Friendships blossomed on the six man-crew. Parker called Pilot Brewster H. Shaw and Commander Young “two of [his] best friends to this day.”9 For Merbold, the flight cemented a significant bond between the STS-9 astronauts. He had “no brothers, no sisters,” he was an only child, but the Columbia crew became his family. “My brothers are those guys with whom I trained and flew,” he said.10 Young and Merbold had an especially close bond. Garriott saw that relationship up close on the Shuttle, and later told an oral historian, “Young had no better friend on board our flight than Ulf Merbold.” The two remained close until Young’s death.11
Four of the STS-9 crewmembers enjoying a rare moment of collective fun inside the Spacelab module onboard the Columbia. Left to right are Byron K. Lichtenberg, Ulf Merbold, Robert A. R. Parker, and Owen K. Garriott. The “card table” here is the scientific airlock hatch, and the “cards” are the targets used in the Awareness of Position experiment. NASA Following landing, Flight Crew Operations Directorate Chief George W.S. Abbey told the crew that the science community was “very pleased.”12 The first international spaceflight since ASTP brought scientists, astronauts, and space agencies from across the globe together, laying the foundation for bringing Europe into human spaceflight operations and kicking off a different approach to training and performing science in space. As Spacelab 1 Mission Manager Henry G. Craft and Richard A. Marmann explained, the program “exemplified what can be accomplished when scientists and engineers from all over the world join forces, communicating and cooperating to further advance scientific intelligence.”13 Eventually, the international cooperation Craft and Marmann witnessed led to today’s highly successful International Space Station Program.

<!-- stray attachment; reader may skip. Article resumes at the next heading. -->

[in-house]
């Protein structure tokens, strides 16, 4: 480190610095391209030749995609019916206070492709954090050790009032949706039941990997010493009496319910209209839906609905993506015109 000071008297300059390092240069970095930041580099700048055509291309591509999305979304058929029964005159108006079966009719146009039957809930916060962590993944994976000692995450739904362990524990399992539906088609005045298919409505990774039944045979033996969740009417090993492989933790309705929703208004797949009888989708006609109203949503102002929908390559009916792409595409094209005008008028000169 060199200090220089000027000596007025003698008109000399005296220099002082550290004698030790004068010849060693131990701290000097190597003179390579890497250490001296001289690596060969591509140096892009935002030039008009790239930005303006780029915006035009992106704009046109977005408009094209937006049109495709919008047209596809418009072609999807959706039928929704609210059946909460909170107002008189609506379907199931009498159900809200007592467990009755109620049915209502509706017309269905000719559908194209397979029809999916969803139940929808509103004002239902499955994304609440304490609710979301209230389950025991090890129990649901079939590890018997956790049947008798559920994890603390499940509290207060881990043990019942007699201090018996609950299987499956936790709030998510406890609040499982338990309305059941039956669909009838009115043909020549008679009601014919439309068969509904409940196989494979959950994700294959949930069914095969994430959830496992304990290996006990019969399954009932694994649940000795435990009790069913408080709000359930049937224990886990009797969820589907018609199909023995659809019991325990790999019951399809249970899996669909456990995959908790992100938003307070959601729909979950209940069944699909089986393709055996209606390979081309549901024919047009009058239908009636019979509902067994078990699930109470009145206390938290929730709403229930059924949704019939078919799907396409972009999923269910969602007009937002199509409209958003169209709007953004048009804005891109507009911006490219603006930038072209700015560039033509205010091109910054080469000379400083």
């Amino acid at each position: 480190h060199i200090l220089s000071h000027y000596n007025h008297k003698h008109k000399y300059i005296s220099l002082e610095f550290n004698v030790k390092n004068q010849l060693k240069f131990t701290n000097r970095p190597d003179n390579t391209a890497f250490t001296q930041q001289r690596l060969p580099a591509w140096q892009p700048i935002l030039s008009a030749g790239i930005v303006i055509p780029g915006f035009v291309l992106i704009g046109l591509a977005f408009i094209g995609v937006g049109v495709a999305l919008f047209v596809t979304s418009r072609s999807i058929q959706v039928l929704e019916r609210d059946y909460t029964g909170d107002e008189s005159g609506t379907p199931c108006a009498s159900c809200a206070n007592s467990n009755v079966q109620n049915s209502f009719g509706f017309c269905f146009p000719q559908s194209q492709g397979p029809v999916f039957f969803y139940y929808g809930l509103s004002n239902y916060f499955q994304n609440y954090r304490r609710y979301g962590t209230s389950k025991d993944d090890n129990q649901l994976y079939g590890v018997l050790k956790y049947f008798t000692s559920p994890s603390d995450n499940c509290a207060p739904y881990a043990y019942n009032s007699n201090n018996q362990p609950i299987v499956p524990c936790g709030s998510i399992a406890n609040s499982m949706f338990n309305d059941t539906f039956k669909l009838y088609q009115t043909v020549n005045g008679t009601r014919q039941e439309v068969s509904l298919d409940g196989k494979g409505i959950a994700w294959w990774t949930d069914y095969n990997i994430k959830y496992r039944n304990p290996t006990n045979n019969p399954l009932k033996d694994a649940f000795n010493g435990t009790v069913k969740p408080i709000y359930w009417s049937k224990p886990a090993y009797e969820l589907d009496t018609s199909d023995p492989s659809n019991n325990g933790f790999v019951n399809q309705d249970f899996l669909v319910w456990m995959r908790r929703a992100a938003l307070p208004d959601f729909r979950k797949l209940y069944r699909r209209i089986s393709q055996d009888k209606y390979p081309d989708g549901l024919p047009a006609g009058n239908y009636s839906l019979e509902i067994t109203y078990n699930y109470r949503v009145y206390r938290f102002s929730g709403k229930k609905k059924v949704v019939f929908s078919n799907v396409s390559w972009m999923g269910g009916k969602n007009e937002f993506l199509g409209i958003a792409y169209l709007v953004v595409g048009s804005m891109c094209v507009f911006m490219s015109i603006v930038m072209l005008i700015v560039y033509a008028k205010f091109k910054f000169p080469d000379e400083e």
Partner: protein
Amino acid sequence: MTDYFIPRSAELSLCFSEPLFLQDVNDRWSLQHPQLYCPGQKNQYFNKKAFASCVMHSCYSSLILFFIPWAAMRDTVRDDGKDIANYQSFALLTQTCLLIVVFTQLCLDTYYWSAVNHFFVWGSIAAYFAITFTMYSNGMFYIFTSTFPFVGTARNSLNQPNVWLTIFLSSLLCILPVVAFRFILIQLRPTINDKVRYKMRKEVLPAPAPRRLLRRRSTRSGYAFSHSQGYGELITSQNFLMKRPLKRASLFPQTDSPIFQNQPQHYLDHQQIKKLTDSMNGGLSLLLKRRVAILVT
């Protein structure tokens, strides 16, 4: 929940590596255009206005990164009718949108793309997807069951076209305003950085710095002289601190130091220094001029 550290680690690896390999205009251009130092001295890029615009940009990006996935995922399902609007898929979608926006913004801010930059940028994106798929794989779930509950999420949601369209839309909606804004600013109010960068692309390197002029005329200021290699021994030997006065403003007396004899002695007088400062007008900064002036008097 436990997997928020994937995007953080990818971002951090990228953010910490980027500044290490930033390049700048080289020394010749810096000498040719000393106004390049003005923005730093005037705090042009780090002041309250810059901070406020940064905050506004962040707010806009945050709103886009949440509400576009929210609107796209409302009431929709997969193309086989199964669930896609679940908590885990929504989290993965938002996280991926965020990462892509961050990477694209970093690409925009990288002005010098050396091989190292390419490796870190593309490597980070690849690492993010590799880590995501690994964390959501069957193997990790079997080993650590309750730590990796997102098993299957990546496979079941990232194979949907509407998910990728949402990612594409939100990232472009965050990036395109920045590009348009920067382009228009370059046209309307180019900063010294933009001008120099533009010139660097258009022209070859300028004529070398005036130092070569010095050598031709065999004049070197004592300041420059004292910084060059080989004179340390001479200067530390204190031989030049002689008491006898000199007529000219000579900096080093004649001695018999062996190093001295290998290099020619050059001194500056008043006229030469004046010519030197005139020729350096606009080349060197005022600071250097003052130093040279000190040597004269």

Walter Froehlich, Spacelab: An International Short-Stay Orbiting Laboratory (Washington, DC: NASA, 1983); St. Louis Post-Dispatch, November 28, 1983. JSC News Release, “Mission Specialists for Spacelab 1 Named at JSC,” 78-34, August 1, 1978; Robert A.R. Parker, interview by author, October 23, 2002, transcript, JSC Oral History Project; “Europeans To Fly Aboard Shuttle,” Roundup, March 29, 1974, 1. “Four European Candidates Chosen for First Spacelab Flight,” ESA Bulletin (February 1978), no. 12: 62; “Two US scientists selected Spacelab payload specialists,” Roundup, June 9, 1978, 4. In the crew report, Parker counted his time monitoring the Spacelab, so he concluded that the mission specialists trained even longer, from 5 to 9 years. “Spacelab Scientists Tour USA,” Space News Roundup, January 12, 1979, 1. Harry G. Craft, Jr. to George W.S. Abbey, February 25, 1982, Spacelab 1 Payload Crew Experiment Training Requirements, Robert A.R. Parker Papers II, Box 28, JSC History Collection, University of Houston-Clear Lake. Byron Lichtenberg, “A New Breed of Space Traveller [sic],” New Scientist, August 1984, 9. ESA, “Ulf Merbold: STS-9 Payload Specialist,” November 26, 2013; ESA, “Ulf Merbold: remembering John Young [1930-2018],” August 22, 2018. Parker interview. ESA Explores, “Time and Space: ESA’s first astronaut,” podcast, November 25, 2020. Owen K. Garriott, interview by Kevin M. Rusnak, November 6, 2000, transcript, JSC Oral History Project; ESA, “Ulf Merbold: remembering John Young.” Garriott interview. Henry G. Craft, Jr., and Richard A. Marmann, “Spacelab Program’s Scientific Benefits to Mankind,” Acta Astronautica 34 (1994): 304. Explore More